New Delhi, May 12 : Victims of the 1984 Bhopal gas tragedy on Monday urged US-based Dow Chemicals, to pay up for the liabilities of Union Carbide which it has acquired.
Satinath Sarangi, member of the Bhopal Group for Information and Action addressing a press conference in New Delhi today said: "The Ministry of Chemicals has filed a petition in the Madhya Pradesh High Court in May 2005. According to the petition Dow Chemicals was asked to give Rs 100 crore as indemnity for environmental loss, as under the pollutant pays principle we are fighting for this since 2001 when Dow Chemicals merged with Union Carbide."
Victims said that they will bring the Law Ministry's opinion to the notice of Dow shareholders at the company's Annual General Meeting at Midland, Michigan on May 15, 2008.
The victims of the Bhopal Gas tragedy welcomed the stance of the Law Ministry, which holds that the Dow Chemicals should be responsible for the liabilities of Union Carbide.
Survivors of the tragedy also demand that the Dow Chemicals should not be allowed to be involved in any industrial project.
More than 3,500 people died in the days and weeks after toxic fumes spewed out of a pesticide plan in Bhopal on the night of December 2, 1984.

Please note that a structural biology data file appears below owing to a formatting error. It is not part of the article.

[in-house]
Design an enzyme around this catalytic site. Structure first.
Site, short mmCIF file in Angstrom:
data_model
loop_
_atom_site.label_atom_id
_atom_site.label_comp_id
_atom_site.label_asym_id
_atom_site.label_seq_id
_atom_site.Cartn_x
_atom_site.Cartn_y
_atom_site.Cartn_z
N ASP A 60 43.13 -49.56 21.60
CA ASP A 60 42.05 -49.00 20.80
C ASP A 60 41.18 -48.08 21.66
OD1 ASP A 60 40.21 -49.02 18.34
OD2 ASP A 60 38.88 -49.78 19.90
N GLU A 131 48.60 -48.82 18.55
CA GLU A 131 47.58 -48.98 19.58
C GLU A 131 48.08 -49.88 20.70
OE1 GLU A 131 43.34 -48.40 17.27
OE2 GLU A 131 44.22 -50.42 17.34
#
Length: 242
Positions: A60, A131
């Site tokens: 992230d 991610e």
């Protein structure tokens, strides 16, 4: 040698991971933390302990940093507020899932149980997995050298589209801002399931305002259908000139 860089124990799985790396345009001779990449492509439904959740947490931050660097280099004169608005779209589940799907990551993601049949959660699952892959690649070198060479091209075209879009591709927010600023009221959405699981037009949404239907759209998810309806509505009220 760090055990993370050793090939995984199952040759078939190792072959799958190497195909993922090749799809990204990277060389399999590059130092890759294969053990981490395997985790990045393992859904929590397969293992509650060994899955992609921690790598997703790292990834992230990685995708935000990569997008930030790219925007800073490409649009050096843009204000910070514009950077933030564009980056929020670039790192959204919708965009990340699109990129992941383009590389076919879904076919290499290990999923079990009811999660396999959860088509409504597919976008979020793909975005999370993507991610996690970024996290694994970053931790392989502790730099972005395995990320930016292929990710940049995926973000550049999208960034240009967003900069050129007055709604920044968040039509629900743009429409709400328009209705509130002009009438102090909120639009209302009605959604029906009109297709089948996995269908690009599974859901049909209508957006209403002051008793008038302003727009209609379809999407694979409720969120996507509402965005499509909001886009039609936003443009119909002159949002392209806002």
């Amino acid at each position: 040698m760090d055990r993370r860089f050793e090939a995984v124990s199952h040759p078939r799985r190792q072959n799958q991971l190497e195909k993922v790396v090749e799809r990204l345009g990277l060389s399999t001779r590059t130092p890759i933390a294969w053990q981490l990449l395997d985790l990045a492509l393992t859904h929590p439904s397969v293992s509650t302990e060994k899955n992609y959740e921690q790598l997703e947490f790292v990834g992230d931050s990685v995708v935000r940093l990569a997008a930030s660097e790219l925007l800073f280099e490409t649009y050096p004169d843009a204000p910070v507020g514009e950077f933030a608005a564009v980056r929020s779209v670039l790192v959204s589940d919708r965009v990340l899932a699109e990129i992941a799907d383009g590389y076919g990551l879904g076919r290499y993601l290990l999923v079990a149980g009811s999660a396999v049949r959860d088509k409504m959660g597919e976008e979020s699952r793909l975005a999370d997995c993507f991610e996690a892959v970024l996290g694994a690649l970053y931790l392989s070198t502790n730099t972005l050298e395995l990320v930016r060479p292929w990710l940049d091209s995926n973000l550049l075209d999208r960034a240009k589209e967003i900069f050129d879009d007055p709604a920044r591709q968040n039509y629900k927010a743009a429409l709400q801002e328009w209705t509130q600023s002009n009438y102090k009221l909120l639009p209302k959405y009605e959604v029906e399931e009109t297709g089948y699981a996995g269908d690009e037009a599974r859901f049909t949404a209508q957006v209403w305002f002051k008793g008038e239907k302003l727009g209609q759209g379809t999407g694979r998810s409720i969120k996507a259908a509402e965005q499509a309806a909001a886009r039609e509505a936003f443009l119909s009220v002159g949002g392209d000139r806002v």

Officials say nearly 15,000 people have died since from cancer and other diseases.
The victims have been demanding action against companies like Dow Chemicals that now owns Union Carbide responsible for the world's worst industrial disaster and the pathetic condition of victims, several of them maimed and diseased for life and their progeny also suffering from incurable ailments.
The company also paid 470 million dollars to the Indian government in 1989 in a settlement reached after a protracted legal battle. The victims, on an average, received 25,000 rupees in case of illness and 100,000 rupees or so in case of a death in the family.
Michigan-based Dow Chemical says it is not responsible for the clean-up as it never owned or operated the plant. The Madhya Pradesh state government now owns the abandoned plant.